ExchangeWire rounds up some of the biggest stories in the European digital advertising space, and in this week’s edition: Google earnings continue to rise, but share price slips amid declining CPCs, and battles in Europe; The inter-related fortunes of Facebook and Google; The big guns come out for UK’s first Digital Upfronts; MediaMath buys Upcast, showing real value in European ad tech; Publicis takes 20% stake in Israel’s Matomy.
Google continues to come under fire at home and abroad
Google this week announced revenues of $16.52bn for the last quarter, up 20% year-on-year, but its share price declined 2% in the early hours after the announcement, due to its continually declining cost-per-click (CPC) and falling short of analysts’ forecasts. The results come as Google faces an onslaught of competition from rival platforms, plus ongoing scrutiny from European Governments.
Revenues generated by ads served on Google-owned sites were $11.25bn (or 68% of its total), representing a 20% year-on-year increase, while those generated by ads served on third-party sites were $3.34bn (21% of revenues), representing a 9% increase. The number of paid-clicks served on Google-owned and network partner sited increased 17% year-on-year on average, a marked decrease from the 25% increase it recorded 12 months earlier, according to the results.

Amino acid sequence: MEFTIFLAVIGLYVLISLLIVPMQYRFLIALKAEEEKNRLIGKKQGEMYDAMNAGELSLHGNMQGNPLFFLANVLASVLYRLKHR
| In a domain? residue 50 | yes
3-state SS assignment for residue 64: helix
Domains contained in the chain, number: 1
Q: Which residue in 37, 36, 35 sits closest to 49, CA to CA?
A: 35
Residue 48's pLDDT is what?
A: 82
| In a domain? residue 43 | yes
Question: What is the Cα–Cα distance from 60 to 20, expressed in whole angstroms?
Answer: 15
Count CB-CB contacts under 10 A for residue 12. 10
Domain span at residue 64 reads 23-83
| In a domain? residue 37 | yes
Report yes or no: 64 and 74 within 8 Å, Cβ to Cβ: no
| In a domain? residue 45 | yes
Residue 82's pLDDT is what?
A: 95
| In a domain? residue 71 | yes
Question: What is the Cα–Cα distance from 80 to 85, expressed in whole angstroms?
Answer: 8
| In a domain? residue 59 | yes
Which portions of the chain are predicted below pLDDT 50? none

However this was offset by the continued decline in CPC, with the online advertising giant’s falling by as much as 6% in the early hours after the announcement, with the downward pressure imposed upon Google’s CPC by the rise of mobile, cited as a major reason. Press reports also cite the fact that Google had earlier been forecast to report revenues of $16.57bn.
On an earning’s call, Patrick Pichette, Google, CFO, said: “I would not equate the aggregate CPC changes just to mobile, they are to do with movements in geography, and other technical changes… It’s pretty simple, you have to think of CPC [decline] and volume growth as one package.”